Emma Burge is a GIS analyst at the Environmental Protection Agency.
- Name: Emma Burge
- Employer: Environmental Protection Authority
- Job Title: Geographic Information System (GIS) Analyst
- Qualification(s): PgDip of Arts - Geospatial Science, Master of International Relations, Bachelors of Arts - Pacific Studies and International Relations
- Tertiary Institute(s): PgDip from Massey University-distance, MIR and BA from VUW
- What Year 13 school subjects did you take: English, Music, Economics, History, Classics
- What Secondary School did you attend: Spotswood College in Taranaki
Why did you choose to study GIS?
As you can see from my earlier studies, I was initially interested in pursuing the classic Wellington public servant policy pathway. However, I used GIS in my first job and became interested in how it worked so I went back to university to a year of full-time postgraduate GIS study by distance at Massey.
I fell in love with the diverse nature of GIS, where you get to combine technical skills (database management and coding) with creative skills (choosing fun colour schemes and symbols!) Geospatial work is diverse not only because of the skills you learn, but the things you can apply those skills to. There’s so many different fields that use geospatial analysis, so there’s always something new and exciting that you can work on.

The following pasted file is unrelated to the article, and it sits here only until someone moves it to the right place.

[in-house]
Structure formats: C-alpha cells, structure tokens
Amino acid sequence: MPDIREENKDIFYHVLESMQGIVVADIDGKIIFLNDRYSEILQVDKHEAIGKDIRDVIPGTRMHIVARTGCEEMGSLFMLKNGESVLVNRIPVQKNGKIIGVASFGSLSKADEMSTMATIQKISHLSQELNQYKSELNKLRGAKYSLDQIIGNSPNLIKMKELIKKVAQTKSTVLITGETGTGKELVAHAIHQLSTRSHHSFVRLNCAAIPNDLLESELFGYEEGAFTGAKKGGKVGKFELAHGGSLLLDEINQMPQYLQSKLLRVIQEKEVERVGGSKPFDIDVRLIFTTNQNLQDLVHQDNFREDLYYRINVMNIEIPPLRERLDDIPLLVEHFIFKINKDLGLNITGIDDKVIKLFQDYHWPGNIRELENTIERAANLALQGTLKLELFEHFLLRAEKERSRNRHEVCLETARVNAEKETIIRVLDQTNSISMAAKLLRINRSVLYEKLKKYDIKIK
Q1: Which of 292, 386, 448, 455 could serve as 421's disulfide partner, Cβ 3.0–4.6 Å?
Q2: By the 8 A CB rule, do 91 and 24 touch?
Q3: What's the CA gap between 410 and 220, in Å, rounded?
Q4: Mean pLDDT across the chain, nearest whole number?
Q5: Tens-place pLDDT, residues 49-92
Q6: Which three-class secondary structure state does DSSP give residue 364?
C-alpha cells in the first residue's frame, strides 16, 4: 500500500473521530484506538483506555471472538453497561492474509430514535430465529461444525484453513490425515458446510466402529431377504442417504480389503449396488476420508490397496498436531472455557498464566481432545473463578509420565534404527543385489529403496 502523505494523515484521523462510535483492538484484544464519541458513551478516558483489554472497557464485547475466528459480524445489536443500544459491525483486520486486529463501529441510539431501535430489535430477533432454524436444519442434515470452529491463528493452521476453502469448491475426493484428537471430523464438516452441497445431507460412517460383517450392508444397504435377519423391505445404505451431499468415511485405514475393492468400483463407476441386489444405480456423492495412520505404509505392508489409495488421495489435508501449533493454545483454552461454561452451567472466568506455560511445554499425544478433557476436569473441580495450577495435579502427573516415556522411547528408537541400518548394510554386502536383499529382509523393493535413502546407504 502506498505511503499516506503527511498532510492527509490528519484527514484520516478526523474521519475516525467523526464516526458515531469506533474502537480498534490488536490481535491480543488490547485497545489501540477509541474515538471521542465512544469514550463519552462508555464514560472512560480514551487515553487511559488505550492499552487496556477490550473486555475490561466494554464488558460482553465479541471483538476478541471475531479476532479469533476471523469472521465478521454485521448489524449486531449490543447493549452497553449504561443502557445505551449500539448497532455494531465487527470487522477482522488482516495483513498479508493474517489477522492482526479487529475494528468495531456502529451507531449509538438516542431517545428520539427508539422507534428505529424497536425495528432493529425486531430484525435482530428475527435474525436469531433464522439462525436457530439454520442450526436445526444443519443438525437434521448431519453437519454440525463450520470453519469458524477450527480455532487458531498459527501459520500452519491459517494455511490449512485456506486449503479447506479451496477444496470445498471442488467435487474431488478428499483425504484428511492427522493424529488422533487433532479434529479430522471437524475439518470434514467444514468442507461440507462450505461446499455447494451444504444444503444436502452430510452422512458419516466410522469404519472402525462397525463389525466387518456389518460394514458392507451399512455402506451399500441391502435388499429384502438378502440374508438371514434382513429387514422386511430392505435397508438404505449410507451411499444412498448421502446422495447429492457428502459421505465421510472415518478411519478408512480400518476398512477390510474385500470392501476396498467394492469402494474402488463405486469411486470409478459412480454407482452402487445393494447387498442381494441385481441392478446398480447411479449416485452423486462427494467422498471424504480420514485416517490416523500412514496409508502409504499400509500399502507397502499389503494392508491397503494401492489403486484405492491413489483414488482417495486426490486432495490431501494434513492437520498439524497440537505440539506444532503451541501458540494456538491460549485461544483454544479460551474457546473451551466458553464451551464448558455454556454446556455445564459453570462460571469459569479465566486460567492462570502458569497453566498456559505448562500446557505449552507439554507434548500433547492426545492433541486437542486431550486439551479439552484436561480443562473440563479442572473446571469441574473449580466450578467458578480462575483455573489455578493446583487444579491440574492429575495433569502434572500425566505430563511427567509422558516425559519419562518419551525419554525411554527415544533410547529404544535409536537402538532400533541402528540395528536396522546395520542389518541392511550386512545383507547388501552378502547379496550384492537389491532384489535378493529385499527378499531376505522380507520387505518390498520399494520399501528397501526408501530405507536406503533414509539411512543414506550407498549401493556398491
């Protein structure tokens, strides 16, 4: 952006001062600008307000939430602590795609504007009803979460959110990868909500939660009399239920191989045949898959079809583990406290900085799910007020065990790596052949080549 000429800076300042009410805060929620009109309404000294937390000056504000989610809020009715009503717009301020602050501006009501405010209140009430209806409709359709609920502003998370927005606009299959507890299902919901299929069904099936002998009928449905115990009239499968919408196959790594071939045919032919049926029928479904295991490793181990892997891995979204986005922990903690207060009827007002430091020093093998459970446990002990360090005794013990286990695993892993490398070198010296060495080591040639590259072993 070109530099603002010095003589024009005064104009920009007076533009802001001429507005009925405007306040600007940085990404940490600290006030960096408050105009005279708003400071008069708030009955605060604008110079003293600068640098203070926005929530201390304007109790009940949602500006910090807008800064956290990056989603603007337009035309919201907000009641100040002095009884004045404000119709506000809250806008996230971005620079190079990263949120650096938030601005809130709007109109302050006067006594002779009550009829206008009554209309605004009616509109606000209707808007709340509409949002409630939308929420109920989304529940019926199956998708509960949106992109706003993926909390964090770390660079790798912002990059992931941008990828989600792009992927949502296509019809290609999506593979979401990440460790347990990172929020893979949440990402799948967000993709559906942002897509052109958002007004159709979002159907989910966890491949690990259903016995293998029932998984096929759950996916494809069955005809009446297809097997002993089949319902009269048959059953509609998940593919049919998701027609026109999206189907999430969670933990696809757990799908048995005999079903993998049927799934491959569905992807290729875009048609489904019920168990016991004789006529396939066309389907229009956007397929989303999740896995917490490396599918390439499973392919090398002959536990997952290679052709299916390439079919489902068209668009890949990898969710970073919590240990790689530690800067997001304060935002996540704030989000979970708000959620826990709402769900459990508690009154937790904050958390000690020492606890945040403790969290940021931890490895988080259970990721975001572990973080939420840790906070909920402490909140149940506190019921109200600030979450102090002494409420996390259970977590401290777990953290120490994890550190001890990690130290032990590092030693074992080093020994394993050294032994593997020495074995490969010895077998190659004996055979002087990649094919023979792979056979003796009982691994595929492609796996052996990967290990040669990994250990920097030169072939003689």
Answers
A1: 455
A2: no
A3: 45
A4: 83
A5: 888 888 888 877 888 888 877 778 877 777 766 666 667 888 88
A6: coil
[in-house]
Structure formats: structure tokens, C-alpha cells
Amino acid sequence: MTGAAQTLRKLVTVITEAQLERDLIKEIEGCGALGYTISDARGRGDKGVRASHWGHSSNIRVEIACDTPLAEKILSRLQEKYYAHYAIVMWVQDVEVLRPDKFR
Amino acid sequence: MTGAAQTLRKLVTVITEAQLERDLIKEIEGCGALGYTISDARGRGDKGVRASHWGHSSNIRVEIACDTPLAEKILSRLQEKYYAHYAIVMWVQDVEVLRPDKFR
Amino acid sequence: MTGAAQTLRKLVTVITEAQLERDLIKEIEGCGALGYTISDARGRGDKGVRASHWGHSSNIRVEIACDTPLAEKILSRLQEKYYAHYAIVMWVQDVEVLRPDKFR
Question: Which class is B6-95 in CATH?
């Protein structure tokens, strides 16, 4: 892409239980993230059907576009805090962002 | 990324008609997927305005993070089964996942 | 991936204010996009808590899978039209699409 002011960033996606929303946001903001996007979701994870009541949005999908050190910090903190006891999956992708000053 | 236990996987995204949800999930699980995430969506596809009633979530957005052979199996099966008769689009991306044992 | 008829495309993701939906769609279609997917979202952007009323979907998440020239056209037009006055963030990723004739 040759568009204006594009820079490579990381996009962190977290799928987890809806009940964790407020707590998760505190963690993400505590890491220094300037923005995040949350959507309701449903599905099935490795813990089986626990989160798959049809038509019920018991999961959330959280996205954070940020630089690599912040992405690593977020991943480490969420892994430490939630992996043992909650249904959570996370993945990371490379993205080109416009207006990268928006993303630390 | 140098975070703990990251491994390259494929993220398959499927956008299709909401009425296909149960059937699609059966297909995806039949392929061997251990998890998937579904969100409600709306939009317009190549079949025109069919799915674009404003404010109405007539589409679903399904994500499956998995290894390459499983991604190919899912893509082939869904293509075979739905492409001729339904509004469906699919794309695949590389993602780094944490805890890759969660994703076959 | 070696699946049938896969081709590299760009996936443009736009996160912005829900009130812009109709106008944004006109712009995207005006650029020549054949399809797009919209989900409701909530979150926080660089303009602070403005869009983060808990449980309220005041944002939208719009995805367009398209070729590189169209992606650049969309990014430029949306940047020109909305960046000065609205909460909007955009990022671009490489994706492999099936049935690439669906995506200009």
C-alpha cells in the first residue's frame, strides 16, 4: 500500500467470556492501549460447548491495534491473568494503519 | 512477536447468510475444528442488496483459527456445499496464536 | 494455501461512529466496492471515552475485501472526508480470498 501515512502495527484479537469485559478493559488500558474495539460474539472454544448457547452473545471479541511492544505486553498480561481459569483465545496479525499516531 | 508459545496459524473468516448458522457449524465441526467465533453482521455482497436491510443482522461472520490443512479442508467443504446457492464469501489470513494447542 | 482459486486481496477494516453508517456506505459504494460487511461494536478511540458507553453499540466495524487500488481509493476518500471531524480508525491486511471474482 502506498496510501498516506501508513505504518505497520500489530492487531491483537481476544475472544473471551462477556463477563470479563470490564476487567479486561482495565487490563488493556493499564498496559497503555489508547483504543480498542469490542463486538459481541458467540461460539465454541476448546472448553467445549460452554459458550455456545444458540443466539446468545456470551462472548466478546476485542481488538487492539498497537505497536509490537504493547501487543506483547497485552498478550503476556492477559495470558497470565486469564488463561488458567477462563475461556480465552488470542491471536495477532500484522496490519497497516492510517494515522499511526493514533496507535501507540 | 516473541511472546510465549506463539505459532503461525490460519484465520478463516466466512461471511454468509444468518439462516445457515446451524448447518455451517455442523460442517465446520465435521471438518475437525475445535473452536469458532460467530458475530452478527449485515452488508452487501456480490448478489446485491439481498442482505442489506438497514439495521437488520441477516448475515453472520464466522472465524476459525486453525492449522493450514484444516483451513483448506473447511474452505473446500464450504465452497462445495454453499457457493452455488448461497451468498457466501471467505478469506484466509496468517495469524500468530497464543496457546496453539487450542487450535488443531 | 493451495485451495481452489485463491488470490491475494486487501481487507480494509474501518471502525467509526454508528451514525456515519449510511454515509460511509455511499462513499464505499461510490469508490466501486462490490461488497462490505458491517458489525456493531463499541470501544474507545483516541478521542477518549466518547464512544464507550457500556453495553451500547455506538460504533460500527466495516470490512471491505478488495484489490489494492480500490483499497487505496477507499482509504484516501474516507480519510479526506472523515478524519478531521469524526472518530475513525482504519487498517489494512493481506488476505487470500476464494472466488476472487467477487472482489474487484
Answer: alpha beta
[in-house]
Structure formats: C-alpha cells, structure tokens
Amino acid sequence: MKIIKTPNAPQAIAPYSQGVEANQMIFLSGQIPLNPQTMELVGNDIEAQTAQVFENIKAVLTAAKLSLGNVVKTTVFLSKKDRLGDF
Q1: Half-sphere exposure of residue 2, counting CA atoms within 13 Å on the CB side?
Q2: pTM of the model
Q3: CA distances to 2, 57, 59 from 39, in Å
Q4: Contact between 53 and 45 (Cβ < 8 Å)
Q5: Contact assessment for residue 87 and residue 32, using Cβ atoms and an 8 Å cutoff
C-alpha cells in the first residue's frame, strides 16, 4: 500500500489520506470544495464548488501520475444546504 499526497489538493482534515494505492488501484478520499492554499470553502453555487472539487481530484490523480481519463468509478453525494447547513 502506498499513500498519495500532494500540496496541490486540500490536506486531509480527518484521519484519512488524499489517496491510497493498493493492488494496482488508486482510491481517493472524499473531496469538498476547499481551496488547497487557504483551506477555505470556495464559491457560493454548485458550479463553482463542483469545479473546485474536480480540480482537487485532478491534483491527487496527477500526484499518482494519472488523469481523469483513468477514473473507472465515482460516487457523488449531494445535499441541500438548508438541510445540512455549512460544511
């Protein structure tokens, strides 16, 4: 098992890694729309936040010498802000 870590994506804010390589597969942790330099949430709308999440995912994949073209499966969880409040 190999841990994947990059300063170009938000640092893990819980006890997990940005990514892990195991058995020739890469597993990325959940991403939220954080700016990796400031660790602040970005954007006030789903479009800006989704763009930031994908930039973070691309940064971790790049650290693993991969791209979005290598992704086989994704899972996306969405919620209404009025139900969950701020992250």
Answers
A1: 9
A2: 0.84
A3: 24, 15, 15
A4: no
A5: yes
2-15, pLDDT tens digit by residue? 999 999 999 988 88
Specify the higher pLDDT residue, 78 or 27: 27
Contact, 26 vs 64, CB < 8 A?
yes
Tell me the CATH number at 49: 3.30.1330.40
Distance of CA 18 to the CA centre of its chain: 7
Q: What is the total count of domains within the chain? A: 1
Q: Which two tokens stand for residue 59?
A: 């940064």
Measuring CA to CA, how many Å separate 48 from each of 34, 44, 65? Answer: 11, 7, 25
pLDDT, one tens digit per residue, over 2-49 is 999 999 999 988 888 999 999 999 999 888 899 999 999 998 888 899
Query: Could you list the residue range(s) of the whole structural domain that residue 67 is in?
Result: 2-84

What are some of the benefits you’ve experienced from studying GIS?
The concept of space and place are fundamental to everything we do in the world: we define ourselves by where we come from and everything we do is linked in some way to a location. Studying GIS has offered me the ability to learn so much more about the world we all exist in and how we interact with it.
On a more practical and less whimsical level, there’s lots of jobs in the geospatial industry and people always think you’re cool when you tell them you make maps for a living!
How important is GIS for your existing and future career options, and why?
Given that my job title has GIS in it, it’s fairly safe to say that knowledge of GIS is integral to my current role. In the future, I want to use my GIS skills in the humanitarian field promoting safe and reliable access to sanitation and water sources.
As the global community continues to evolve towards a more digital approach to problem-solving, GIS offers us a way to find spatial solutions to problems using powerful digital technologies.
What advice would you give to future students considering adding a GIS component to their studies?
I can’t recommend it enough! You would be surprised at the variety of work that has a spatial/GIS component. In my short time in the GIS field I’ve worked planning rural school bus routes, conducted statistical analysis of female perceptions of safety walking alone at night, and now I help regulate actions in New Zealand’s environment (including our 5 million square kilometres of ocean!). GIS offers so many diverse and exciting ways to better understand and influence the world that we live in.